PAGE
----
MSL: When We'll See the First New Pictures from the Surface of Mars

As soon as Curiosity lands, she'll start taking pictures, and here's what you'll get to see and when

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MSL: When We'll See the First New Pictures from the Surface of Mars

After Curiosity successfully lands on Mars, the first thing everybody (including us) is going to want to know is when we'll get the first pictures back from the surface. Curiosity has a whole bunch of cameras, ranging from small hazard avoidance cameras on her body up to HD cameras on her mast, but in the first few hours and days communications will be limited. We'll tell you what you can expect to see first, and the general schedule for image releases going forward.

Earlier, we discussed the importance that the Mars Odyssey orbiter is going to play as a data relay between MSL and Earth. This is true for the entire entry, descent, and landing (EDL), and beyond as well: getting back images as early as possible depends entirely on Odyssey, and we won't know until about 15 minutes before the beginning of EDL whether or not Odyssey was successfully able to position itself to fulfill this role, but JPL seems fairly confident that everything will work out.

Just a few minutes after landing, Curiosity will take a picture with her rear fisheye hazard avoidance camera. This will be the first surface picture taken by the rover. The hazard cameras are equipped with clear dust covers to protect them from debris kicked up during landing, and this first image will be acquired with the dust cover on. So, it may be blurry and/or dusty. It's also going to be very small: the hazcams natively acquire at 1,024 x 1,024 pixels in black and white, but we're only initially going to get a compressed 64 x 64 pixel thumbnail. Within four minutes after landing, the image will be compressed and ready for upload to Odyssey for relay back to us on Earth. When we get it back, it'll look something like this:

That's full-size. Yeah, not exactly spectacular, but as Doug McCuistion (NASA's Mars Exploration Program Director) explained it, "what it'll tell us is, there's ground there so we are actually on the ground, and we got to the planet we wanted to get to." Yay!

Now, you should probably not expect to see this image right away. Even though it'll be ready for transmission only four minutes after landing, Odyssey may have passed overhead and be out of range by that time. According to JPL, we'll be "lucky" to get the rear hazcam image so quickly.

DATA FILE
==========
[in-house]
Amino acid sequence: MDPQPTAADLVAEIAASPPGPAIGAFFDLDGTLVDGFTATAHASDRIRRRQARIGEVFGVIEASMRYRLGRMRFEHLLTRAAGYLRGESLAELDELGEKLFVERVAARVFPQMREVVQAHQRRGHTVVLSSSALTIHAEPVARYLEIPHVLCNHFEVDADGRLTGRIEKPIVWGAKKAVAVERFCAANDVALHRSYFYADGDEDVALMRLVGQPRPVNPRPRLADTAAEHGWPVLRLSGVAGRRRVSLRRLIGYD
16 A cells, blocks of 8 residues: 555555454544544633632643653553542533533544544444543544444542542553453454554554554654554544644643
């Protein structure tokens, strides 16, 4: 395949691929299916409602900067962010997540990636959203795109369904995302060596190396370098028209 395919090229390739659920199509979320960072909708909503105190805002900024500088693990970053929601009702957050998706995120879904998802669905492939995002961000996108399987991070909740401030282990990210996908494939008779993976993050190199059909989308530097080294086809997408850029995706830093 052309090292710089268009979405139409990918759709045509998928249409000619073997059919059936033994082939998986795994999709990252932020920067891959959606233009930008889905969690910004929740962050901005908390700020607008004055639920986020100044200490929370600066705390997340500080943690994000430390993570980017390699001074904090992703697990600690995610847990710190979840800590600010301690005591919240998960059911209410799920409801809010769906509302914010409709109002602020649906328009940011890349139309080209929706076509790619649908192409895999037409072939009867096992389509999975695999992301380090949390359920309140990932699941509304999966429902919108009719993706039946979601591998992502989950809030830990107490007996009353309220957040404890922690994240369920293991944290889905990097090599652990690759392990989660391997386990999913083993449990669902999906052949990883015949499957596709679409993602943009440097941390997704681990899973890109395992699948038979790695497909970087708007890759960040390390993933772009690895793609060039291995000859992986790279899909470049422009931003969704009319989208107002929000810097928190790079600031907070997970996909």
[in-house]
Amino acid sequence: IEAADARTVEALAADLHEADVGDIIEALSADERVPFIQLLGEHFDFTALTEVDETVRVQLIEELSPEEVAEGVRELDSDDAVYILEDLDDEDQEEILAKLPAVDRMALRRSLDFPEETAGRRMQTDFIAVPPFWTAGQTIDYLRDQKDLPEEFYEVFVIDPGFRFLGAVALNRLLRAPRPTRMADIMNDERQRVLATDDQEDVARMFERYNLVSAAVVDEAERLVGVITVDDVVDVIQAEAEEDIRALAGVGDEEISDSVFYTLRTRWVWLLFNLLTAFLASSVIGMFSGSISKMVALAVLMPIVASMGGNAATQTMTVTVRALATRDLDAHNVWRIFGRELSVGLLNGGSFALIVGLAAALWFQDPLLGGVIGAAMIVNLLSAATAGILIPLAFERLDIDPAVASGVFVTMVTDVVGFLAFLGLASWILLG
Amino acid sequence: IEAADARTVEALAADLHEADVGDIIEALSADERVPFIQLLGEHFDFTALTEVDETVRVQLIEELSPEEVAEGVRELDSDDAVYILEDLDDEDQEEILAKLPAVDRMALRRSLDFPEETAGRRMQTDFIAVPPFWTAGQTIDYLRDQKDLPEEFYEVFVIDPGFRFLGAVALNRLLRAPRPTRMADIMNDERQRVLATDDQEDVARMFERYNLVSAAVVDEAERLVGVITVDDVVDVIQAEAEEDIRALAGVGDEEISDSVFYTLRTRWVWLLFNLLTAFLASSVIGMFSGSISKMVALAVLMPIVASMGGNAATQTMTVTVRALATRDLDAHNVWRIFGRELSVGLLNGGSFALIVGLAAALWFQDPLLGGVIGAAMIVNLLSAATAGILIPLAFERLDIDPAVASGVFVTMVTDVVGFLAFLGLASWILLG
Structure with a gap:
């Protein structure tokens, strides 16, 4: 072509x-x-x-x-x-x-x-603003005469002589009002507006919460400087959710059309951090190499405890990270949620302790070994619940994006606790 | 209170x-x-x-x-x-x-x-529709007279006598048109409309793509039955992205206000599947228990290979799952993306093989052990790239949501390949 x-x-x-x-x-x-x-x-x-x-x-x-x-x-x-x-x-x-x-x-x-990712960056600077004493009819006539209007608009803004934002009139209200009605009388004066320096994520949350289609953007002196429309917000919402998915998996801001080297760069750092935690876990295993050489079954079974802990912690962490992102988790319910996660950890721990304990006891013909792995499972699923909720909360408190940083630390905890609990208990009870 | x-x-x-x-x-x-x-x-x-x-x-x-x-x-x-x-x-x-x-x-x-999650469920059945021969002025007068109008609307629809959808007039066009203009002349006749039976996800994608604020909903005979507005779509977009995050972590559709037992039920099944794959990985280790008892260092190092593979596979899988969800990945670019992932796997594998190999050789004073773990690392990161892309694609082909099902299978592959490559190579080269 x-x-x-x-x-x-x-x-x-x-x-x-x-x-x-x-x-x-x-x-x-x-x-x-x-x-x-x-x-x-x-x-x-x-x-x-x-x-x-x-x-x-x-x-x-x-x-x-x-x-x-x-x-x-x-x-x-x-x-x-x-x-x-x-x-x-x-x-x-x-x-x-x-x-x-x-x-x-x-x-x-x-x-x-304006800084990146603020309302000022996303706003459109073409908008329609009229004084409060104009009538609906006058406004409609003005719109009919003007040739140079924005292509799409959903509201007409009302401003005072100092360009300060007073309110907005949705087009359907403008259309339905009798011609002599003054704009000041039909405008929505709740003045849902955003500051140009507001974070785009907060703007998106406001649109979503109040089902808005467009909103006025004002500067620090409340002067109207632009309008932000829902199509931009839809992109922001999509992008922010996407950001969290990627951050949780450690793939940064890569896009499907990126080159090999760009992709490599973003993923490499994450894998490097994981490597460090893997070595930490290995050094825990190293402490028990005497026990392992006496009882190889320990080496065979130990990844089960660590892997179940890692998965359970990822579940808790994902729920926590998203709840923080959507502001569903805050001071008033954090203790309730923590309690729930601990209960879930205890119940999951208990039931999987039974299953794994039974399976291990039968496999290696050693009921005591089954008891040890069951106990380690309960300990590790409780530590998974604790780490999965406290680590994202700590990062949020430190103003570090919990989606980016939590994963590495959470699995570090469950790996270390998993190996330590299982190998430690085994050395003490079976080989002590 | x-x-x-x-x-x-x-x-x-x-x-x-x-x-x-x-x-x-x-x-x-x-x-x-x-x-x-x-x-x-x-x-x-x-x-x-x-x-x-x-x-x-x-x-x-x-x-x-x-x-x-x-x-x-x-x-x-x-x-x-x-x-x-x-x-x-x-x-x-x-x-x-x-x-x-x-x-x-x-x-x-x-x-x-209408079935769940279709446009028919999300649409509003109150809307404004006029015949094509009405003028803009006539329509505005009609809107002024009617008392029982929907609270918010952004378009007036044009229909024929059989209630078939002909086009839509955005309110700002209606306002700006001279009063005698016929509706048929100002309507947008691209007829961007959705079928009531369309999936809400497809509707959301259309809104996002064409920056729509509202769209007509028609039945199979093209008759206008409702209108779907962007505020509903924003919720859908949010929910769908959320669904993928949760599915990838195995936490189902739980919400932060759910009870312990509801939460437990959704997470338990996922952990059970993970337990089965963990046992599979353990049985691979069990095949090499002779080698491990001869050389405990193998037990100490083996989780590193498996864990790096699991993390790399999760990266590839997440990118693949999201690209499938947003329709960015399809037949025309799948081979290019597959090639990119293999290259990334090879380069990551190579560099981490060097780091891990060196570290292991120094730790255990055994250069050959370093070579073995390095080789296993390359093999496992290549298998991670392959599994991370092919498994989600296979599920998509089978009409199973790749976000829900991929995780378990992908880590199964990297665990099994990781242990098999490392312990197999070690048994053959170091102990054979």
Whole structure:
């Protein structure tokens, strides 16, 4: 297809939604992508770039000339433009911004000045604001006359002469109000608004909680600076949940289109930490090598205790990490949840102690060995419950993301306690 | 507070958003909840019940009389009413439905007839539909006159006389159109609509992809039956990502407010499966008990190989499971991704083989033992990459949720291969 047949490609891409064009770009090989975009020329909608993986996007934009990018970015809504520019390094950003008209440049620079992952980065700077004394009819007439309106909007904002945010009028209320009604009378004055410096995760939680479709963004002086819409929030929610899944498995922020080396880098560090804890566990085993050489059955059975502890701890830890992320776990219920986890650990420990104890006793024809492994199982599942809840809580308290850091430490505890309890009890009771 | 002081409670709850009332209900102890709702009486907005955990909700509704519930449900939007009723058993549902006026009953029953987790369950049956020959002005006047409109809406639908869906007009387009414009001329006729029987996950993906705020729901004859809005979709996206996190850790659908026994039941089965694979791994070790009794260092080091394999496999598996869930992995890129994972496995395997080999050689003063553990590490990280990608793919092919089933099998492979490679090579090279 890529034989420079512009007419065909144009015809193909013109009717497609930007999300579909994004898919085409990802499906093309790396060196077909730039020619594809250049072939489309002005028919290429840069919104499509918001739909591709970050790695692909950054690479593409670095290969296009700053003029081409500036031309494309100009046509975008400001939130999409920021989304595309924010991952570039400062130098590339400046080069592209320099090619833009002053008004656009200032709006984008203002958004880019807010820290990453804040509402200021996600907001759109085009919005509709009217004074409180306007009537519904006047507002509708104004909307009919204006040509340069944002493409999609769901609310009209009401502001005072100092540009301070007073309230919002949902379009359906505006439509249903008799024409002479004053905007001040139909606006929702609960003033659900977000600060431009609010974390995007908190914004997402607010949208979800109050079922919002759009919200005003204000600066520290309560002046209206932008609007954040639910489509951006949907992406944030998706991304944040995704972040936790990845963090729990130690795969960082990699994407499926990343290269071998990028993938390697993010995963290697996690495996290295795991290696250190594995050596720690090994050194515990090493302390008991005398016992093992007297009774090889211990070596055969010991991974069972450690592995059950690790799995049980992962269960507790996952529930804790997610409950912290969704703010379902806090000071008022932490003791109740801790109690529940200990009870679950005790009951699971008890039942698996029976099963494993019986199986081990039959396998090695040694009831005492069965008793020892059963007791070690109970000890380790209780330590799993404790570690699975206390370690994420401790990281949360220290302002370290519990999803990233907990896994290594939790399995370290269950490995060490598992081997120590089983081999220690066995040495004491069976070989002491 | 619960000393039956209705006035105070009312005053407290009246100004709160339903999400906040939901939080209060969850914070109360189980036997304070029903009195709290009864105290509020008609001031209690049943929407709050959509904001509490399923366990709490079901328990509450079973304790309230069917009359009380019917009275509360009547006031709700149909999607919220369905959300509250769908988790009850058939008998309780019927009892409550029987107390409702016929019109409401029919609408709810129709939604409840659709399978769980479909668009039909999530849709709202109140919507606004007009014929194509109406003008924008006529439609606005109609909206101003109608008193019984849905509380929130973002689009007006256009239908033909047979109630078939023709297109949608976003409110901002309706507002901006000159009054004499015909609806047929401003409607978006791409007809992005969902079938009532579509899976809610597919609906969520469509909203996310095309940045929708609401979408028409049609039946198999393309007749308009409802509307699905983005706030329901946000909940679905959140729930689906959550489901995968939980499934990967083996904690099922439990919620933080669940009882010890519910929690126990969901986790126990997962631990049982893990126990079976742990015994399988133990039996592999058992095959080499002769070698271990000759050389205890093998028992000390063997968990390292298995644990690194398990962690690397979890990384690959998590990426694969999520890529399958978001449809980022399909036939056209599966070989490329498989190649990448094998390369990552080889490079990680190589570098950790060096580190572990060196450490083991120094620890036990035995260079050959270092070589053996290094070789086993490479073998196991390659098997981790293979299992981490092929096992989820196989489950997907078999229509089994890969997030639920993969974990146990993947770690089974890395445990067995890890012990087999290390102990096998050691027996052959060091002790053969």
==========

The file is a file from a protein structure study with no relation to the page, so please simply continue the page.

What's more likely to happen is that we'll get our first pictures back approximately two hours later, sometime after 12:30AM PST. This is when Odyssey will have circled all the way around Mars and come back over the landing site, giving Curiosity a second opportunity to relay data to Earth. During this second pass, we can expect to see the rear hazcam image (possibly a larger version, up to 512 x 512 pixels), as well as a front hazcam image, which will be taken with the dust cover removed. Realistically, these are the first images we can expect to see, at 12:30AM PST on Monday.

The next images to be transmitted will come from MARDI, the Mars Descent Imager (above). MARDI will be taking 1,600 x 1,200 pixel color images looking straight down at five frames per second during the descent phase between the separation of the heat shield and touchdown. As with the hazcam images, we're likely to just get thumbnails at first (192 x 144 pixels). The MARDI pics should be coming back at some point on Monday, and it's possible that we'll also get one full resolution MARDI image.

The reason that JPL is going in this sequence (as opposed to just snapping a nice big color picture straightaway) is because the camera that takes the nice big color pics is located on the rover's mast, which will be in a stowed position upon landing. Before JPL has Curiosity raise her mast (and change her center of gravity), they want to be sure that she's not (say) perched on the edge of a cliff or something.

The first picture that we'll get of Curiosity's view of her surroundings will come from MAHLI, a camera on her arm that doubles as a microscope. The arm will be stowed at this point, but MAHLI will be pointing outwards and sideways, giving us at least one good view of the landing site. This image is expected on Tuesday morning.

After that, if everything is safe, Curiosity should be allowed to deploy her mast, arm, and (most importantly) high-gain antenna, significantly increasing the amount of data (i.e. pics) that can be sent back to us while still relying on Mars Odyssey and Mars Reconnaissance Orbiter as relays. Within three days after landing, we'll start seeing images from navigation cameras and the mast cameras, and after about a week, we should have our first high-resolution panorama.

There's one other landing image that we're very much looking forward to. Mars Reconnaissance Orbiter is going to attempt to take a picture of MSL as it lands, using its HiRISE camera. This has been done before, with the Phoenix lander:

Needless to say, this is a very tricky thing to pull off, and the chances of success are probably about 60%.  The HiRISE team says that they expect this image to get back to them for processing early Monday morning.

We should reiterate that most of this depends on everything going well, and there's all kinds of ways in which this schedule could change. We'll keep you updated throughout the night as we get more information.

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